It was his childhood experiences that brought him to the Church. ‘All the people who’d helped me during the awful teenage years were involved in the Church. In my last year at school, because I couldn’t stay at home any more, I lived with the school chaplain and his wife.

‘I felt I owed something back, and this probably makes me sound very pious, but I had quite a pronounced sense of things being wrong in the world and they needed to be put right, and for quite a while I thought the way to do that was through the Church.’

At Cheltenham College, the public school Sir Chris attended thanks to his father’s well-paid job at IBM, he attended chapel every day, and at Oxford University, where he read English, he went to church on his first Sunday and found ‘a very supportive community’.

He also joined the Conservative Party and was elected as an officer of the university’s Conservative Association. ‘I wore a jacket most days. I think I was just a terribly pompous prick.’

He was yet to fathom his own sexuality, let alone his political allegiance. ‘I had an inkling that I fancied boys but I had an awful lot of girlfriends,’ he says. ‘I did anything to have time with girls, in plays and choirs and concerts. I think I thought I was meant to fancy girls, and a bit of me did. I liked spending time with them.’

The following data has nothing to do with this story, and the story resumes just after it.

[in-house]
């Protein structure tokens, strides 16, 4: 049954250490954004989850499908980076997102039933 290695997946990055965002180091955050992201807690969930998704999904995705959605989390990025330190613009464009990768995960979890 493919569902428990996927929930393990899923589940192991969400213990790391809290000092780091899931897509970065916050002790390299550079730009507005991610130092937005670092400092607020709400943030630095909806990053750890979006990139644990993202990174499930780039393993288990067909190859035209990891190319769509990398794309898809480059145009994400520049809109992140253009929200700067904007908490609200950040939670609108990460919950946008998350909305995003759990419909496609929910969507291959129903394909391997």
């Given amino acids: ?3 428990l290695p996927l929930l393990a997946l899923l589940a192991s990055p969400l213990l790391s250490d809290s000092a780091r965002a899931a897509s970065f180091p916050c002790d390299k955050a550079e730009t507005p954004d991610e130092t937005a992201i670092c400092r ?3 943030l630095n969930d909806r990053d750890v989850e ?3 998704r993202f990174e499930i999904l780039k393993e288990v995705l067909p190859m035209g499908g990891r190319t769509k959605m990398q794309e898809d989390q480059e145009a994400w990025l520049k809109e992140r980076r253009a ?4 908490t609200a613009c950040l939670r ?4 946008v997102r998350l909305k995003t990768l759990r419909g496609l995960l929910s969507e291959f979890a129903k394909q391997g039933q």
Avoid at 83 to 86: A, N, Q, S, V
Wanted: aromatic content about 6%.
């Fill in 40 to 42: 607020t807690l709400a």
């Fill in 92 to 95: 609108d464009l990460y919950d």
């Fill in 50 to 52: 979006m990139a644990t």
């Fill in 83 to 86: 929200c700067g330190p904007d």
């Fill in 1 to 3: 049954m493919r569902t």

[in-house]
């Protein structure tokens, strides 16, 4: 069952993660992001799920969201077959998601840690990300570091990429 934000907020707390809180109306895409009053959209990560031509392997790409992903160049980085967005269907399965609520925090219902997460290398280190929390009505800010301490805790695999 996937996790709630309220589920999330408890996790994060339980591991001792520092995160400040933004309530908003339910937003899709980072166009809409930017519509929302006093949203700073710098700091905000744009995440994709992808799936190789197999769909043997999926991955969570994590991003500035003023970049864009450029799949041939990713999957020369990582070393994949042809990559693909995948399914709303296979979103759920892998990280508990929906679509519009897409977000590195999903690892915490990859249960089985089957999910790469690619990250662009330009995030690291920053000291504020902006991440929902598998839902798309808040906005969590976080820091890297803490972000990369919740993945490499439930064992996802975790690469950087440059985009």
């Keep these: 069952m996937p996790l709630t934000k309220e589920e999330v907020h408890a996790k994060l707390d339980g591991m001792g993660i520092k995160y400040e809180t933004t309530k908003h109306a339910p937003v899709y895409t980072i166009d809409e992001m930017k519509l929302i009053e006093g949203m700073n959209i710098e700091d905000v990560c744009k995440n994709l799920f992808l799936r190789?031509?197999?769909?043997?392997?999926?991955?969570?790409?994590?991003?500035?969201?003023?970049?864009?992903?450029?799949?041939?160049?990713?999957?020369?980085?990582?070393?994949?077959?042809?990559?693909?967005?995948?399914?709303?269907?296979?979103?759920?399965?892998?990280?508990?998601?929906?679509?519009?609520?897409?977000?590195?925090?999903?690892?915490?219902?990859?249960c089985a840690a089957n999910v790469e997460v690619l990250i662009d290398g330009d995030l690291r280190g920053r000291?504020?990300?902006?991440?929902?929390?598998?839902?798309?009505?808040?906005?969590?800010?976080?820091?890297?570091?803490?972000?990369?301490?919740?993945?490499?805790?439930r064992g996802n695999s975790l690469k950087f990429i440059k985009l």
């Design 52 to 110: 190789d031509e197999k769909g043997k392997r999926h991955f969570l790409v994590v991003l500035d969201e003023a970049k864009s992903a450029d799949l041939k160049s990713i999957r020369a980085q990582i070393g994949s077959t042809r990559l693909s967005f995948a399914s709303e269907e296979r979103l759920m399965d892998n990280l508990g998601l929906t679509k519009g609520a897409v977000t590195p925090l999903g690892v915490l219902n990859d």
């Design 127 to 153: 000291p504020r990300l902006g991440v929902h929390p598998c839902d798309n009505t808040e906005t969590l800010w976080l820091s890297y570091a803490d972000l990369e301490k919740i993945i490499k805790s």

It was only when he was training to be an Anglican priest at Ripon College Cuddesdon in Oxfordshire, at the age of 24, that a girlfriend said to him: ‘Chris, you do know, by the way, that you’re gay, right?’

He adds: ‘You have to discover that you’re gay. You don’t come with a marker on your chest that says: “You are one of the gay ones.”’

By the time he was 29, and having spent five years working as an ordained minister, Sir Chris had decided that: ‘OK, you are definitely gay, you would like to have a long-lasting relationship with a man, and you can’t do that if you remain in the Church.’

When he told his bishop, the late Bill Westwood (father of the DJ Tim Westwood), his reply was: ‘But Christopher, if only you’d learn to keep your mouth shut, you could enjoy everything I do. You could become a bishop and have regular dinner with Margaret Thatcher.’ Sir Chris recalls: ‘I didn’t know that was what the Church was all about.’